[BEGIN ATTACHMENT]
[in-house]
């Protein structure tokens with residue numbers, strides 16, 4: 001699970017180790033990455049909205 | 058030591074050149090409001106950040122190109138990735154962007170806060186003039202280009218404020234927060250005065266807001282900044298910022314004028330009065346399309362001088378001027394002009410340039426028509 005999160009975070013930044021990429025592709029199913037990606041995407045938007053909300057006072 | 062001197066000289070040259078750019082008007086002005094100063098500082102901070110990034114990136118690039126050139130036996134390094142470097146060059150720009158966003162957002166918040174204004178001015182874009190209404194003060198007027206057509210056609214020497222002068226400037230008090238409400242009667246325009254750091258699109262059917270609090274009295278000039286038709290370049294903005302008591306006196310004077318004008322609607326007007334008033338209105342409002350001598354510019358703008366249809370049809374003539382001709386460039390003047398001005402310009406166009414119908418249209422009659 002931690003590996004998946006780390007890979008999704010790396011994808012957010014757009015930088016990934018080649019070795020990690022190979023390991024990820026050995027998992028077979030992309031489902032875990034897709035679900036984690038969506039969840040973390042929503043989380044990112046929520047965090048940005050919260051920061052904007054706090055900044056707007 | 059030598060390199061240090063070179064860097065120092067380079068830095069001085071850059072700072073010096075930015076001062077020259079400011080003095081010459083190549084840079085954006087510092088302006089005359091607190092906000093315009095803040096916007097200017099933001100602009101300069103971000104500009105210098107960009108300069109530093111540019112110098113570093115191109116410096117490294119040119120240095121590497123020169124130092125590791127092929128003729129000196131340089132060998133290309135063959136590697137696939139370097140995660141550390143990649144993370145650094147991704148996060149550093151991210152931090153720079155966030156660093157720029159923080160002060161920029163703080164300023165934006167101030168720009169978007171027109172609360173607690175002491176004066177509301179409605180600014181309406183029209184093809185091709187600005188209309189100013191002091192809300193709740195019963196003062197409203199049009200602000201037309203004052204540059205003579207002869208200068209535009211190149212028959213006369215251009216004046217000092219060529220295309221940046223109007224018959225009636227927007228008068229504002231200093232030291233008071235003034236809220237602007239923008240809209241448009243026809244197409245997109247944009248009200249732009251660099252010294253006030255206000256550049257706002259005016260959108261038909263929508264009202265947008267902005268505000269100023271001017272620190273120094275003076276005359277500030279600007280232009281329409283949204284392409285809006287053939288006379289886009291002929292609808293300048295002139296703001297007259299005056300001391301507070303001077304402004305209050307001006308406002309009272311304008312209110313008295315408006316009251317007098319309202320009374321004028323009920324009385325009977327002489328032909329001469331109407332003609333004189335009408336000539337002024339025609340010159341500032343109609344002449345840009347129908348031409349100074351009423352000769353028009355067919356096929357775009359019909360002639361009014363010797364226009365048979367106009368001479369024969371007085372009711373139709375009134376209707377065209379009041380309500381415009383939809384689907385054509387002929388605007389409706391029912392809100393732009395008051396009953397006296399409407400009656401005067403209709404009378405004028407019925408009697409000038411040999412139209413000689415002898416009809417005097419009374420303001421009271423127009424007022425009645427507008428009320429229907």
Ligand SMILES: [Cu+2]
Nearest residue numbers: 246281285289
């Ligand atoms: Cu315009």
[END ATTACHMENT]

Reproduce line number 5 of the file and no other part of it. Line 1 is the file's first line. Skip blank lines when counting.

């Ligand atoms: Cu315009």